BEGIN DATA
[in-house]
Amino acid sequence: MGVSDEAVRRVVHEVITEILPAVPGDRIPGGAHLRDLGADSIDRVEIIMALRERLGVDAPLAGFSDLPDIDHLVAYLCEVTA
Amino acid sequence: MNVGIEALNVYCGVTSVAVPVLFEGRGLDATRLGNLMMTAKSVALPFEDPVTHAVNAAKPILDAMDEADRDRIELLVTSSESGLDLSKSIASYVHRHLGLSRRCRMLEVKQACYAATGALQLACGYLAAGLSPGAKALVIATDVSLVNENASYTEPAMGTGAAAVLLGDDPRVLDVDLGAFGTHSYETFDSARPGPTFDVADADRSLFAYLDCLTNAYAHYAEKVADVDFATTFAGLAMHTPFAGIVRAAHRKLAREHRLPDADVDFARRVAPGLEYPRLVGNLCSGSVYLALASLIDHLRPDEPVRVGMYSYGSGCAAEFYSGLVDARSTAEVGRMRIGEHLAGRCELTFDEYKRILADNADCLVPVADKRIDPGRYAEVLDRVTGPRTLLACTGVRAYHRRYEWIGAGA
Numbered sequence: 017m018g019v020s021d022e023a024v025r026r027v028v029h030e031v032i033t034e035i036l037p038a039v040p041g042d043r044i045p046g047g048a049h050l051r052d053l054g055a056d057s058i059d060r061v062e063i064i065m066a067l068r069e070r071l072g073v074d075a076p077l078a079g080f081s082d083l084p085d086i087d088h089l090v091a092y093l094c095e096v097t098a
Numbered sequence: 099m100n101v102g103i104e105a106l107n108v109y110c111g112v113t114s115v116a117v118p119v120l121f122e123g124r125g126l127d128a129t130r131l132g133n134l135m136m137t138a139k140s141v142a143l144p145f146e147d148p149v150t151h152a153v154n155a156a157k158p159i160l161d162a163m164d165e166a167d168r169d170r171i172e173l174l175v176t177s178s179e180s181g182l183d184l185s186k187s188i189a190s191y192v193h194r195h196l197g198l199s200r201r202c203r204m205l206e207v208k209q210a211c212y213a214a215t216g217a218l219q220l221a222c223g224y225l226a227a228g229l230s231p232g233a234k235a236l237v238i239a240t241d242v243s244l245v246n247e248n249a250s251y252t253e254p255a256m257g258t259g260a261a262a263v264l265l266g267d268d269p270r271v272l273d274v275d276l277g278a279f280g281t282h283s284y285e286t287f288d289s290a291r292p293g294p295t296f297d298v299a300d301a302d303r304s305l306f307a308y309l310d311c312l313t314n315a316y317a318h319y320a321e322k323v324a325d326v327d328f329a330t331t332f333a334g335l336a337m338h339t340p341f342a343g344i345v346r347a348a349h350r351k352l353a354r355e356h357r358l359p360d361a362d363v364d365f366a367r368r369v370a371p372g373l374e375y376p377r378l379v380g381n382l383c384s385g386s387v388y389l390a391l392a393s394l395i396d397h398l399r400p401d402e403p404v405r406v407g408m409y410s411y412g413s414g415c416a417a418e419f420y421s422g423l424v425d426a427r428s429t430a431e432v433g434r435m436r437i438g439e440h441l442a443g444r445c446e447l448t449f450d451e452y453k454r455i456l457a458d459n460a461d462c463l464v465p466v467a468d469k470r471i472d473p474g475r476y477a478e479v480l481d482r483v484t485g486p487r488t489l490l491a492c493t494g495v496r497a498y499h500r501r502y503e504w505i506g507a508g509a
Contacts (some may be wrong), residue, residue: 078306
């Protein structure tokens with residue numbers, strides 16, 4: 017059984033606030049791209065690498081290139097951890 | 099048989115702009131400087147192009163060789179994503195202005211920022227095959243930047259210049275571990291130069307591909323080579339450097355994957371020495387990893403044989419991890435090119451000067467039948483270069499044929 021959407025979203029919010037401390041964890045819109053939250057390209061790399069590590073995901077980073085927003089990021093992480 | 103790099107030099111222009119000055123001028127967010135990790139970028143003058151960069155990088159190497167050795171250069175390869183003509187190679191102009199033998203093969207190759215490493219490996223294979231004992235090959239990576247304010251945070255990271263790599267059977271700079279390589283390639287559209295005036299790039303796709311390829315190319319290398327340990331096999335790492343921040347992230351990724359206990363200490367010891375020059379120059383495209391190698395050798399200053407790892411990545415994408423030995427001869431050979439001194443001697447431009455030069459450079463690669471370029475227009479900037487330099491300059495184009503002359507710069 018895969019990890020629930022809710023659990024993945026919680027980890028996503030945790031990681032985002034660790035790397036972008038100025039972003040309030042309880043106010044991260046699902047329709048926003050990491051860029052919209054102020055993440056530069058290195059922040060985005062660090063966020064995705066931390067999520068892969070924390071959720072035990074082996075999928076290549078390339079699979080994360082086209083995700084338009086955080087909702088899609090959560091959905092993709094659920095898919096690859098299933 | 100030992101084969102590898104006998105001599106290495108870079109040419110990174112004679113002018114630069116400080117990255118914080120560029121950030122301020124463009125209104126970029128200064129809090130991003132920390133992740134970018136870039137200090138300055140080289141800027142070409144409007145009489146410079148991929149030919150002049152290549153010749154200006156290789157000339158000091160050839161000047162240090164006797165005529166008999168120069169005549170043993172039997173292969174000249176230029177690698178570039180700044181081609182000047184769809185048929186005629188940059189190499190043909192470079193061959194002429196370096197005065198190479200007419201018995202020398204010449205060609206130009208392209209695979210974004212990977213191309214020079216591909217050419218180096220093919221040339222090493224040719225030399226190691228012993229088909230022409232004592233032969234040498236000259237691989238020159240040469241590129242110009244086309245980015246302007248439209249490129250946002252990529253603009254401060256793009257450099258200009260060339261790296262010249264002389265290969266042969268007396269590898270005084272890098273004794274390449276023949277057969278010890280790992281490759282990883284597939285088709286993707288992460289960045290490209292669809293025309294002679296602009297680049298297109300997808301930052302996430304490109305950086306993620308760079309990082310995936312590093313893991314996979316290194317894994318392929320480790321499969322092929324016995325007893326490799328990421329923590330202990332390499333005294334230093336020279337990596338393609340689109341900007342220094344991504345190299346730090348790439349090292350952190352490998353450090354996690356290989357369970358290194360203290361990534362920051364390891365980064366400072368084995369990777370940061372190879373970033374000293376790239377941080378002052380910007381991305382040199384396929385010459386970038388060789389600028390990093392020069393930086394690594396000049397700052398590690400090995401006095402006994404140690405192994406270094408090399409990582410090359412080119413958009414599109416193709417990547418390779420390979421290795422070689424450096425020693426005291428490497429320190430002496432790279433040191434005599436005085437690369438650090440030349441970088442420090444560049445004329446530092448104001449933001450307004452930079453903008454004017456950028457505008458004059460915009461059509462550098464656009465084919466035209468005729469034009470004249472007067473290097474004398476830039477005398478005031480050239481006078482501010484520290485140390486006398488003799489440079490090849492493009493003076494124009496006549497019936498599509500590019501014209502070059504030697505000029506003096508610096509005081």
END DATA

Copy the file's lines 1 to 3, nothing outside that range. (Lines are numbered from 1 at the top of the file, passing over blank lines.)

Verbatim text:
[in-house]
Amino acid sequence: MGVSDEAVRRVVHEVITEILPAVPGDRIPGGAHLRDLGADSIDRVEIIMALRERLGVDAPLAGFSDLPDIDHLVAYLCEVTA
Amino acid sequence: MNVGIEALNVYCGVTSVAVPVLFEGRGLDATRLGNLMMTAKSVALPFEDPVTHAVNAAKPILDAMDEADRDRIELLVTSSESGLDLSKSIASYVHRHLGLSRRCRMLEVKQACYAATGALQLACGYLAAGLSPGAKALVIATDVSLVNENASYTEPAMGTGAAAVLLGDDPRVLDVDLGAFGTHSYETFDSARPGPTFDVADADRSLFAYLDCLTNAYAHYAEKVADVDFATTFAGLAMHTPFAGIVRAAHRKLAREHRLPDADVDFARRVAPGLEYPRLVGNLCSGSVYLALASLIDHLRPDEPVRVGMYSYGSGCAAEFYSGLVDARSTAEVGRMRIGEHLAGRCELTFDEYKRILADNADCLVPVADKRIDPGRYAEVLDRVTGPRTLLACTGVRAYHRRYEWIGAGA